Harmless Villain vs. Hate Sink vs. Ineffectual Sympathetic Villain vs. Not-So-Harmless Villain vs. Villainy-Free Villain

  • A Harmless Villain is a villain that poses little to no legitimate threat. These villains either don't really want to do anything truly evil or couldn't pose a threat, even if they wanted to. They may very well not be failures and can actually succeed in their plans to the point where the audience doesn't even feel sorry for them. It's just that evil acts are often gags or not very serious in the grand scheme of things.
  • The Hate Sink is the character that's there for you to hate because the main conflict isn't with a human villain (or is with an antagonist you can't hate). May or may not be villainy-free; is usually not "harmless" because if he doesn't meaningfully mistreat or obstruct the heroes he won't be hated.
  • An Ineffectual Sympathetic Villain wants to commit conventionally villainous actions, but is prevented from achieving anything by his own incompetence and often makes you pity them. They can be seen as the Evil Counterpart of the Failure Hero. They're distinct from the Harmless Villain in that they actually could be very dangerous given the chance AND want to be be so. That said, this villain can overlap with the Harmless Villain if the villain is ultimately harmless despite wanting to be dangerous.
  • The Not-So-Harmless Villain is a Harmless Villain or Ineffectual Sympathetic Villain that that steps up their game and proves to be a legitimate and successful threat.
  • A Villainy-Free Villain is an antagonist who has an acceptable goal and legal means, but is presented as such a distasteful person the audience can still hate him.

Have a Nice Death vs. It's a Wonderful Failure vs. Non-Standard Game Over

Head-in-the-Sand Management vs. The Quisling

  • Head-in-the-Sand Management is an authority figure that refuses to address an evil because they are being willfully blind.
  • The Quisling is an authority figure who aids the evil force in controlling his own side.

Heads I Win, Tails You Lose vs I Surrender, Suckers vs Xanatos Gambit

  • Heads I Win, Tails You Lose is when we want to have a boss battle between these characters, and gameplay requires you to win but the plot requires you to lose. So losing in the fight gets a standard Game Over, but winning gets you a cutscene in which your character still gets beat up anyway.
  • I Surrender, Suckers is when a character is defeated and/or captured by their opponent, and so is presumed to be at their mercy. However, being in this position allows the character to still further their agenda in a new, often unexpected way.
  • Xanatos Gambit is when a character's plan accounts for all different outcomes in a favourable way - winning directs us towards Victory Type A, defeat directs us towards Victory Type B.

Head-Turning Beauty vs. Ms. Fanservice

  • Head-Turning Beauty is the character whose attractiveness is designed to distract other characters.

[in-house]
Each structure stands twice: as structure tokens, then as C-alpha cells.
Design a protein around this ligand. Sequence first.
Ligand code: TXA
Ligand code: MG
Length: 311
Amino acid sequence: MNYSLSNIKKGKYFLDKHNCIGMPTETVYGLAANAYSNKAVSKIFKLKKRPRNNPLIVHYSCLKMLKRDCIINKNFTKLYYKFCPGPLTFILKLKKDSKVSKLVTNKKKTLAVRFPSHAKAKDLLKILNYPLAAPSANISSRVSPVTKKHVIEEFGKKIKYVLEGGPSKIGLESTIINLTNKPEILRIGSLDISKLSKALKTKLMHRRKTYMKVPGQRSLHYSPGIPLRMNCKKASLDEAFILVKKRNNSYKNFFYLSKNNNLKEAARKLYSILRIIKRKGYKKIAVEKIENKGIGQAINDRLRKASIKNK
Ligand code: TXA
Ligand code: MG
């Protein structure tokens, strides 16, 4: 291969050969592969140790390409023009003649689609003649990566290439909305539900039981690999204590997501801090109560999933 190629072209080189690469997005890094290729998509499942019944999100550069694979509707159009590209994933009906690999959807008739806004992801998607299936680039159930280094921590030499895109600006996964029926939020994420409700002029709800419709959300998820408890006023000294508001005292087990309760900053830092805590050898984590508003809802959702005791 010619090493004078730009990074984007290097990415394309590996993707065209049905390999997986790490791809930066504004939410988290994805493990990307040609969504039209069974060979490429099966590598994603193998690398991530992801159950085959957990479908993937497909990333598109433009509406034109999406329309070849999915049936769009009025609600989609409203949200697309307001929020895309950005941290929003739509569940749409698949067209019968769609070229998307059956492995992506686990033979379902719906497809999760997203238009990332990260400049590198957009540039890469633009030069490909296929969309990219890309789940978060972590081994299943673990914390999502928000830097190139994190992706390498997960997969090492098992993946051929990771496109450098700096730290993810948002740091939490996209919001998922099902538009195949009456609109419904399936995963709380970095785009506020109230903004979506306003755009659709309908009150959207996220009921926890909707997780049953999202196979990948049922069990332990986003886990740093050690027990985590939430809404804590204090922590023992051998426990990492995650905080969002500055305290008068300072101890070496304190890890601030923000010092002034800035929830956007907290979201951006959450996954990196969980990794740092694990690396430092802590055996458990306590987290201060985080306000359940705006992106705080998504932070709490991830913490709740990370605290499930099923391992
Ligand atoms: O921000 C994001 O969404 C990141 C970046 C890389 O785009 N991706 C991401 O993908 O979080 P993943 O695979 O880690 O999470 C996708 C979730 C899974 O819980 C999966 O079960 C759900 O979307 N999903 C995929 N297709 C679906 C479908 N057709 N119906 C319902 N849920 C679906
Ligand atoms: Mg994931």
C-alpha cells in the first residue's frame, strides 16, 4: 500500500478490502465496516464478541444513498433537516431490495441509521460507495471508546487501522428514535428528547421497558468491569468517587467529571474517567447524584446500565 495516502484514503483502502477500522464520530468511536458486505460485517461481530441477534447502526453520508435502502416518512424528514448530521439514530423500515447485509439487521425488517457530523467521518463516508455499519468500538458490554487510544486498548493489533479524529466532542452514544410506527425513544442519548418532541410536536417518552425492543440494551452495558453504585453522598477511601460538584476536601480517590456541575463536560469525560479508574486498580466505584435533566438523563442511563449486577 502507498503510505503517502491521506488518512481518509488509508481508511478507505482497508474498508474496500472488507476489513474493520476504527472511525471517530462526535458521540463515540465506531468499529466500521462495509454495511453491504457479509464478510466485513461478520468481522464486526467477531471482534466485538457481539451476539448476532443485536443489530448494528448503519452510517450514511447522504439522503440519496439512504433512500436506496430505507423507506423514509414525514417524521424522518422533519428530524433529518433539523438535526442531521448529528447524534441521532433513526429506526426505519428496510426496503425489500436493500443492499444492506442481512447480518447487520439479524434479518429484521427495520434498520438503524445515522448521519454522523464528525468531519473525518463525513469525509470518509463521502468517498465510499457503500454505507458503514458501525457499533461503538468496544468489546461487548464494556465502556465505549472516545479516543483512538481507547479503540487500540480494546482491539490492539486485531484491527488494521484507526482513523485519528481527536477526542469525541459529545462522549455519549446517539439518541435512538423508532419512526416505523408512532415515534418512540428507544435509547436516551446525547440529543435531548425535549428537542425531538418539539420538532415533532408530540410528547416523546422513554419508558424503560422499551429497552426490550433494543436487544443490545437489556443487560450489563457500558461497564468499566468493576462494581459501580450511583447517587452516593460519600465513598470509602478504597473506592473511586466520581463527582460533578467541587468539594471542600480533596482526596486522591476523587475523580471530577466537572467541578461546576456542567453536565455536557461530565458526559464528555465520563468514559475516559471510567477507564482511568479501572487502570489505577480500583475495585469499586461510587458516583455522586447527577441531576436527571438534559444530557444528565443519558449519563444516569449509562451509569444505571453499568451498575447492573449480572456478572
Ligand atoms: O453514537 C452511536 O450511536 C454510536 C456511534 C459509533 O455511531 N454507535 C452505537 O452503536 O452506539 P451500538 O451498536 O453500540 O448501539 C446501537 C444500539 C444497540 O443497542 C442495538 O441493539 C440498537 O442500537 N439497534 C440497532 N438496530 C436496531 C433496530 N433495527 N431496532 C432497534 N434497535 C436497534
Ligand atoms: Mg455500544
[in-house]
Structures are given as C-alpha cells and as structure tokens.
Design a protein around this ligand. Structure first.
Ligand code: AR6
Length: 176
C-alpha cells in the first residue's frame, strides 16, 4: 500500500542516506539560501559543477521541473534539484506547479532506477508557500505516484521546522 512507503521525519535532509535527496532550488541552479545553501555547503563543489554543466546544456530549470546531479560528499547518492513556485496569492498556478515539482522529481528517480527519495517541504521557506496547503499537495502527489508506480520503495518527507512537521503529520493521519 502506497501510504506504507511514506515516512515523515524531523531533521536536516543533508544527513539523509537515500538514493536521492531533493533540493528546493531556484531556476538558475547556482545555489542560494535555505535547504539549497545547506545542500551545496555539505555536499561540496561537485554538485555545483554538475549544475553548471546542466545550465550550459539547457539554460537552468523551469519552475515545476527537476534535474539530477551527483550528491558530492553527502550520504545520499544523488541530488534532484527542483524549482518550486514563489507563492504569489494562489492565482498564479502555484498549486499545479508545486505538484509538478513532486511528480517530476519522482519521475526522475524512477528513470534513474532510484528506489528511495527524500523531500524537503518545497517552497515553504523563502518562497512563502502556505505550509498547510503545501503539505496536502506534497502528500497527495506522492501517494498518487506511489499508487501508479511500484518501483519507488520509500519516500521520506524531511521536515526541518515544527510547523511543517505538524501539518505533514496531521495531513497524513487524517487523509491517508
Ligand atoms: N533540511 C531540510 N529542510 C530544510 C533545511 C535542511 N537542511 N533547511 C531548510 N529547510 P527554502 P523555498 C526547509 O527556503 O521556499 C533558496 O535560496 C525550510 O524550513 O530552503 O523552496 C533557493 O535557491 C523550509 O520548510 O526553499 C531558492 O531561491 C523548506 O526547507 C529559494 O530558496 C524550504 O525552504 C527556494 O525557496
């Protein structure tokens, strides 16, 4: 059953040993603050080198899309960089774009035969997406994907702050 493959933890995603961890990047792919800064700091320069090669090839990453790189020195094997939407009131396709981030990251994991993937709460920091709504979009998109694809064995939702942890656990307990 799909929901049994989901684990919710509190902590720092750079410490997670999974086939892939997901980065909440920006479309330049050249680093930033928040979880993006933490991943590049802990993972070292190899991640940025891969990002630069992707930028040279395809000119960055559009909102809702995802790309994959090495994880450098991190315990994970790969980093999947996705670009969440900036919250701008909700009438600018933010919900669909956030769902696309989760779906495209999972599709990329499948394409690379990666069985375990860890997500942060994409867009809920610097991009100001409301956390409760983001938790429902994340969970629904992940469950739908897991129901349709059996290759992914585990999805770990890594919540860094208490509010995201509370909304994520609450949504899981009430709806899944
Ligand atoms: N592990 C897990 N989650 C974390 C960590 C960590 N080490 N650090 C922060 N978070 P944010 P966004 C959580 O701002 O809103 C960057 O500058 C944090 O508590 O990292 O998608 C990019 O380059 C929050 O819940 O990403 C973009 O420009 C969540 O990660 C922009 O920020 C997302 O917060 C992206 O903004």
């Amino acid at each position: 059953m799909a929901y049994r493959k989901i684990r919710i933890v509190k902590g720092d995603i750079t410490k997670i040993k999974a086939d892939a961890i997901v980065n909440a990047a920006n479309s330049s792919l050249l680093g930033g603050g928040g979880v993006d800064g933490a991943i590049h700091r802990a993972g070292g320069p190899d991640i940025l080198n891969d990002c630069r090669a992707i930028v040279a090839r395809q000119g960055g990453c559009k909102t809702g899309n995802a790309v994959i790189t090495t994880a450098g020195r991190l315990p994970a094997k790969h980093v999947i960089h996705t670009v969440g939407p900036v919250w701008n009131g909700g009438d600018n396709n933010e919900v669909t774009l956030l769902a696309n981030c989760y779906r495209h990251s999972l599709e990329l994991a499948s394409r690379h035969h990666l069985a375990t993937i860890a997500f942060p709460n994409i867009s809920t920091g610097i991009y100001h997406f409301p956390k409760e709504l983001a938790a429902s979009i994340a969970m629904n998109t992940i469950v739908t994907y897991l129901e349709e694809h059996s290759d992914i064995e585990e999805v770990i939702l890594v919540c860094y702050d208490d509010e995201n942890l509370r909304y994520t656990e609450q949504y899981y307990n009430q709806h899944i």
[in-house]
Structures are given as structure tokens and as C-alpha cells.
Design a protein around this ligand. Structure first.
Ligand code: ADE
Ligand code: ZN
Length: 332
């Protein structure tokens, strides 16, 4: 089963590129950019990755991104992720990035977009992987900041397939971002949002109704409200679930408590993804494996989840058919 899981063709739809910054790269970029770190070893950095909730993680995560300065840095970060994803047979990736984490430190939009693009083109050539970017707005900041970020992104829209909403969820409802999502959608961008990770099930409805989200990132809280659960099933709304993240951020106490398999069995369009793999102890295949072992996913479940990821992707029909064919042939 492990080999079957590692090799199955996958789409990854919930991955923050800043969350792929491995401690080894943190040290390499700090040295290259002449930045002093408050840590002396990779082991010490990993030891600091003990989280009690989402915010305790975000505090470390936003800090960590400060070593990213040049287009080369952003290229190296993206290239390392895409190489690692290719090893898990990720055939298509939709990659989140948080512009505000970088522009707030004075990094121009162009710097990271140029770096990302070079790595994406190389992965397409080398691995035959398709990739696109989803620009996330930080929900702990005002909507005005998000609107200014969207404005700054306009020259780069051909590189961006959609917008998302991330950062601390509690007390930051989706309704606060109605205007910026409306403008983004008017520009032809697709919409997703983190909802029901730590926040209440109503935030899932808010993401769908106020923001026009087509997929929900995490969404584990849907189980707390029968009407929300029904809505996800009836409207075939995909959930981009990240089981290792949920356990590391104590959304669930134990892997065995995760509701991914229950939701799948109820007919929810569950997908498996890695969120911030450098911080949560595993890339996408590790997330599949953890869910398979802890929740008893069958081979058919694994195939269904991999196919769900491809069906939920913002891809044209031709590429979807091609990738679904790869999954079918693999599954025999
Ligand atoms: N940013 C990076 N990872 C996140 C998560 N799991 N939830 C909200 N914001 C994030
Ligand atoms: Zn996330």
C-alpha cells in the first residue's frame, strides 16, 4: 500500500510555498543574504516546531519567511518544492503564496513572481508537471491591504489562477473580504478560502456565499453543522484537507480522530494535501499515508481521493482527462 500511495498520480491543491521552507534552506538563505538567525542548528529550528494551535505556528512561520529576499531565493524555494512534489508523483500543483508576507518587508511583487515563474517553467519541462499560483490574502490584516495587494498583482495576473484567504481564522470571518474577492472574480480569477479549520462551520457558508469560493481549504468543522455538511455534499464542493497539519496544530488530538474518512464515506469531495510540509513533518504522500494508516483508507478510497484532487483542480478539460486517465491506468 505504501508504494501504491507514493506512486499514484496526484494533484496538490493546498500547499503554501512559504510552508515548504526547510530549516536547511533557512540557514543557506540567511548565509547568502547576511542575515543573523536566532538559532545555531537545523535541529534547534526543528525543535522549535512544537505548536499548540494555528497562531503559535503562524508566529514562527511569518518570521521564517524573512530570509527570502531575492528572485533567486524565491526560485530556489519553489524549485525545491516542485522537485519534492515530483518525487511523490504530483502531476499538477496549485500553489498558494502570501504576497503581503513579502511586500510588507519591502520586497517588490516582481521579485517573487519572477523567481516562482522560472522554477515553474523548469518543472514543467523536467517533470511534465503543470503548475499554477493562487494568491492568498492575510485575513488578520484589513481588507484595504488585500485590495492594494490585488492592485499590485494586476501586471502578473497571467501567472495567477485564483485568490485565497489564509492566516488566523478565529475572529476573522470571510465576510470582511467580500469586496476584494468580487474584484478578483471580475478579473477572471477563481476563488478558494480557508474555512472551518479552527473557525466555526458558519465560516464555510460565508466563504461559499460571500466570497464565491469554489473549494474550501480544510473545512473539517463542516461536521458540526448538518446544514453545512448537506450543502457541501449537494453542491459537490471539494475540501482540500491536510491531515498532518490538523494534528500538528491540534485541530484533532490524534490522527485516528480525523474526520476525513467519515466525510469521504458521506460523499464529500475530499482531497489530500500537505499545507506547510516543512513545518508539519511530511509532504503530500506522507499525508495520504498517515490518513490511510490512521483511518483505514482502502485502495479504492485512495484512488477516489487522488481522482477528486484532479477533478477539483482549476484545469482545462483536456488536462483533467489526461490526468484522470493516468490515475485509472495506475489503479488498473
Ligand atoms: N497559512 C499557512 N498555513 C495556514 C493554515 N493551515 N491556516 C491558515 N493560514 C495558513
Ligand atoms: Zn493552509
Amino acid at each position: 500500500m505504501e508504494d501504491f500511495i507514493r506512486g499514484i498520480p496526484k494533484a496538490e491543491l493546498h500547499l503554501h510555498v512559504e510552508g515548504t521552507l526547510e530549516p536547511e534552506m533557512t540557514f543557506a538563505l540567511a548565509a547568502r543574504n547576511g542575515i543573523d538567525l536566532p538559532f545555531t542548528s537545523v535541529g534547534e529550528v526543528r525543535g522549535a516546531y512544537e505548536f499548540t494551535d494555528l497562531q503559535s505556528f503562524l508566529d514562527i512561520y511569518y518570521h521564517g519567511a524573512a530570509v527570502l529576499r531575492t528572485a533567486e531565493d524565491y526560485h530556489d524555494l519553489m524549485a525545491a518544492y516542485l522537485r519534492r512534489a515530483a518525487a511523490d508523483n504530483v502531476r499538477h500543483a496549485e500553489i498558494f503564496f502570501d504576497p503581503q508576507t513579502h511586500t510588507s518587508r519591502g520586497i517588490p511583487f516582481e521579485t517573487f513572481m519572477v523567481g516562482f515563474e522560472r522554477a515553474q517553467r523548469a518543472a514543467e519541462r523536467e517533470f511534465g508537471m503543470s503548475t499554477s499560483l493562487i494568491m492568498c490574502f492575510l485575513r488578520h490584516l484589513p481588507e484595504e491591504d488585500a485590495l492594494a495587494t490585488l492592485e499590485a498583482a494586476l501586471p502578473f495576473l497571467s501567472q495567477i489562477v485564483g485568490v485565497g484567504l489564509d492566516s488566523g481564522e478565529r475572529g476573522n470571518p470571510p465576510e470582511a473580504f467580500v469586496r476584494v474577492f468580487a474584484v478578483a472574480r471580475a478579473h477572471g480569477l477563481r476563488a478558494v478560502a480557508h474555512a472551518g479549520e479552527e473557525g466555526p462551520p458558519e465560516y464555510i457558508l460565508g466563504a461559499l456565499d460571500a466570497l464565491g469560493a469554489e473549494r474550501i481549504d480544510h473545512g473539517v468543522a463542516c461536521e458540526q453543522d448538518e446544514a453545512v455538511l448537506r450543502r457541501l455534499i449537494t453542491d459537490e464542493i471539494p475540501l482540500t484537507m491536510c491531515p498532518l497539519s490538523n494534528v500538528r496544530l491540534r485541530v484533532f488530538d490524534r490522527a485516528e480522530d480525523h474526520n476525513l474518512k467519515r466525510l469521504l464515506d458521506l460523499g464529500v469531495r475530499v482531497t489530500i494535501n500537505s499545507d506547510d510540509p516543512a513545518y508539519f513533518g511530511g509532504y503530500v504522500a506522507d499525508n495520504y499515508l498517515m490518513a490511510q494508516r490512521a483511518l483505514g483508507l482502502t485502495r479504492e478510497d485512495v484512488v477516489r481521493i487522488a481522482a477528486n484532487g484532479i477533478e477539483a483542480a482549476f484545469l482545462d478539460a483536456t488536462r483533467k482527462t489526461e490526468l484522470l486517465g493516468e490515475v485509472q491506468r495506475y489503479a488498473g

• Ms. Fanservice is the character whose attractiveness is designed to appeal to the audience.
    • Overlap between these two is unsurprisingly common.

Heel Realization vs. My God, What Have I Done?

  • Heel Realization is more about realizing that you are a bad guy/on the wrong side.
  • My God, What Have I Done? is more about realizing that your actions have had terrible consequences. Naturally, the two can go hand in hand, but this trope can come as much from actions that looked moral or harmless up front but cause damage or pain as from actions that are genuinely immoral up front.

Heroic Fantasy vs. High Fantasy vs. Low Fantasy vs. Standard Fantasy Setting

Heroic Mime vs. The Quiet One vs. Silent Bob vs. The Speechless vs. The Voiceless

  • A Heroic Mime is a Player Character who has almost no instances of spoken dialogue. Although s/he may make plenty of vocalizations and can sometimes have written or implied dialogue, the greatest of his/her vocabulary is often "..."
  • The Quiet One can talk but will only do so to deliver a Whoopi Epiphany Speech or something equally profound.
  • The Speechless is a character who never talks, ever. They might be mute, or simply choose never to talk.
  • Silent Bob is also functionally the Speechless, but he communicates (often very "verbosely") through his body language, especially if it involves facial expressions.
  • The Voiceless can talk, but never does so onscreen. Usually done for laughs with characters commenting on how he's a chatterbox. If The Voiceless ever talks, he becomes The Quiet One.

Hero with an F in Good vs. Token Evil Teammate

  • The Hero with an F in Good is a good guy who often has trouble actually doing the right thing, for whatever reason (vices, personality conflicts with team members, and actually having been evil in the past are good ones). He usually worries about this and tries to get better.
  • The Token Evil Teammate works with good guys, usually for ulterior motives, but is unapologetically evil. They don't ask "why am I so bad at being good" because they don't want to be good in the first place.

Heterosexual Life-Partners vs. Homoerotic Subtext vs. Ho Yay vs. Odd Couple vs. Platonic Life-Partners